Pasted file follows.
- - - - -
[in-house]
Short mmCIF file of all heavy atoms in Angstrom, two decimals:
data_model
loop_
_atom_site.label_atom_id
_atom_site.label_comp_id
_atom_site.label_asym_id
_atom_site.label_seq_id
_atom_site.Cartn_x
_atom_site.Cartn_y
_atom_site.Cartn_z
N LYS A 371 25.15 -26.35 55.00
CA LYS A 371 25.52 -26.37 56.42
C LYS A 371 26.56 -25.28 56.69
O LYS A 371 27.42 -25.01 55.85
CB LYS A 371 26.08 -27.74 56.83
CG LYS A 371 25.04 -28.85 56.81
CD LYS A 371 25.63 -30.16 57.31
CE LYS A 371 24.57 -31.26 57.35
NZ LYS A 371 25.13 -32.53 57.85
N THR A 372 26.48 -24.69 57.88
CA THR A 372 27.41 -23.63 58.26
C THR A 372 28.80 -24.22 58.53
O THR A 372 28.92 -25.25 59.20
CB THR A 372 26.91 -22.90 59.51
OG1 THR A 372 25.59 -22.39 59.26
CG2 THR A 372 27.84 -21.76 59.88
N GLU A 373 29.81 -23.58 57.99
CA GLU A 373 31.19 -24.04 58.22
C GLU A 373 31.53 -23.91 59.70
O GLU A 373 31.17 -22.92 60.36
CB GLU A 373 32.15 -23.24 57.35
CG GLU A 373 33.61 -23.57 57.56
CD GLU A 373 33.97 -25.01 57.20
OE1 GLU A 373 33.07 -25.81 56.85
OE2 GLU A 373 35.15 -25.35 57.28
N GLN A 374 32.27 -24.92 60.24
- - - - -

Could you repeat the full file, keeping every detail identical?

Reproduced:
[in-house]
Short mmCIF file of all heavy atoms in Angstrom, two decimals:
data_model
loop_
_atom_site.label_atom_id
_atom_site.label_comp_id
_atom_site.label_asym_id
_atom_site.label_seq_id
_atom_site.Cartn_x
_atom_site.Cartn_y
_atom_site.Cartn_z
N LYS A 371 25.15 -26.35 55.00
CA LYS A 371 25.52 -26.37 56.42
C LYS A 371 26.56 -25.28 56.69
O LYS A 371 27.42 -25.01 55.85
CB LYS A 371 26.08 -27.74 56.83
CG LYS A 371 25.04 -28.85 56.81
CD LYS A 371 25.63 -30.16 57.31
CE LYS A 371 24.57 -31.26 57.35
NZ LYS A 371 25.13 -32.53 57.85
N THR A 372 26.48 -24.69 57.88
CA THR A 372 27.41 -23.63 58.26
C THR A 372 28.80 -24.22 58.53
O THR A 372 28.92 -25.25 59.20
CB THR A 372 26.91 -22.90 59.51
OG1 THR A 372 25.59 -22.39 59.26
CG2 THR A 372 27.84 -21.76 59.88
N GLU A 373 29.81 -23.58 57.99
CA GLU A 373 31.19 -24.04 58.22
C GLU A 373 31.53 -23.91 59.70
O GLU A 373 31.17 -22.92 60.36
CB GLU A 373 32.15 -23.24 57.35
CG GLU A 373 33.61 -23.57 57.56
CD GLU A 373 33.97 -25.01 57.20
OE1 GLU A 373 33.07 -25.81 56.85
OE2 GLU A 373 35.15 -25.35 57.28
N GLN A 374 32.27 -24.92 60.24